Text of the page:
Braids and Ink Wells
Knox County — Anyone who went to school in the early 40s knows what an ink well is and how braids sometimes got dipped in them. When the boy sitting behind you got bored during penmanship class, he’d dip your braids into the well if he was sitting behind you.
I don’t remember using these ink wells very much. I think the above scenario; cost; and the fact that it was indelible ink that once you spilled it on your clothes it wouldn’t come out no matter how much your mother scrubbed. Pencils were soon substituted for pen and ink.
In the 40s we didn’t have ball point pens. People used what were called “fountain pens.” When ball points came along most people abandoned the messy fountain pens. Everyone but my great-aunt May. To her it was a matter of proper form. Because of her I always thought of pen and ink as being classy. She always kept a fountain pen in good order and always used aqua ink. When you got an envelope addressed to you in that ink color and in her distinctive handwriting, you knew it was from Aunt May.
Thinking about those old pens and the ink wells, brought to mind first days of school and what we usually brought with us for the new year at school. It differs greatly from what is recommended for each grade these days.
In the South End we had a lot of poor kids who were lucky to come to school with shoes on. Their mothers couldn’t afford to supply their kids with extras like pencils. The most I ever took to school with me that first day was a pencil box with pencils; those tri-shaped erasers; maybe a box of crayons; and later on a protractor and a compass. Anything else we needed was supplied by the school or by the teacher.
Here’s the list I found on the internet to supply today’s fourth grader: pencils; erasers; pens of different colors; glue; some tissues to put in their backpack; scissors; crayons/markers; folders; single subject notebook. Are you kidding me?
Parents are given such a list each year before the school year begins. Some stores will post the lists too and even conveniently package the whole list up for you. There are drives to supply each child with the essentials packed up in a backpack. The closest we ever came to a backpack, by the way, was maybe a leather strap to carry books back and forth from school to home and back again. We didn’t even get homework till about fifth grade or so, making a backpack unnecessary anyway.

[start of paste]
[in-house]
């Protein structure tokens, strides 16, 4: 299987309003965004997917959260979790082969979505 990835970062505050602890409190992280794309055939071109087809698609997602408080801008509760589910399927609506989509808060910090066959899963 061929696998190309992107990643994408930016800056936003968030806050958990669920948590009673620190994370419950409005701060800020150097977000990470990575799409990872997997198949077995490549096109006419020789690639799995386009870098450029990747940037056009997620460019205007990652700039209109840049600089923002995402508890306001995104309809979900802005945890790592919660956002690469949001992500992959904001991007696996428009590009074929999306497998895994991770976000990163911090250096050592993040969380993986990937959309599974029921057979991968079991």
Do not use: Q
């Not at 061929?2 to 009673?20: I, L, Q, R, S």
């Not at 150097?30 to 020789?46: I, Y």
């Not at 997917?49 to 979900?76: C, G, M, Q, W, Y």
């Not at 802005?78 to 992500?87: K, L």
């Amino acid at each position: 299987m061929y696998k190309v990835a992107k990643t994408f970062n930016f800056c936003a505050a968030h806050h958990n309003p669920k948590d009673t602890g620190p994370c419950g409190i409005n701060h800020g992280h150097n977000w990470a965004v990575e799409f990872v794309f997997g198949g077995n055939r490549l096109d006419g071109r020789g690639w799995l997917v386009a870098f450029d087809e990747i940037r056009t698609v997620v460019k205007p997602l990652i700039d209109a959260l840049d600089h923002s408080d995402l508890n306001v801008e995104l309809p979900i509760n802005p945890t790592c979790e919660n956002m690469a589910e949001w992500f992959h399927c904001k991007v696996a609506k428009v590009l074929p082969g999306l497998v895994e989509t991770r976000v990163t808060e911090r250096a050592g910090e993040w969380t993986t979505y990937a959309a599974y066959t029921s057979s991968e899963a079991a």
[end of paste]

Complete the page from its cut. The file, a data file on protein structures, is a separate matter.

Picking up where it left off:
Glue and scissors were always supplied for us, as well as any paper we might need. I remember we essentially had a form of newsprint for daily work and white lined paper for special classes like penmanship or for a report we were doing.
What about computer use today? A child must have access to a computer no matter what. I wonder how the poor kids today cope with that if they are away from school computers and maybe have to rely on library computers and getting easy access to them. All of our reports were handwritten of course. We had neither a typewriter nor a computer.
What other things do kids bring to school with them these days? If they can get away with it they probably have a phone; an ipod; or even a pad. I wouldn’t want to be a teacher trying to teach with all these devices distracting their students from their class work. Our teachers would collect anything that would cause a disturbance such as marbles, tops, or other small hand toys. They would go into the teacher’s drawer, which she locked, and you’d get them back at the end of the year.
To see more old school pictures, please go to my blog site: www.southendstories.blogspot.com.
I wish all the kids from the South End and elsewhere a terrific school year. Listen to your teachers; do your best; be kind to your classmates. Words that undoubtedly came from my own mother’s mouth at one time or another when I was in school.
Thanks for listening.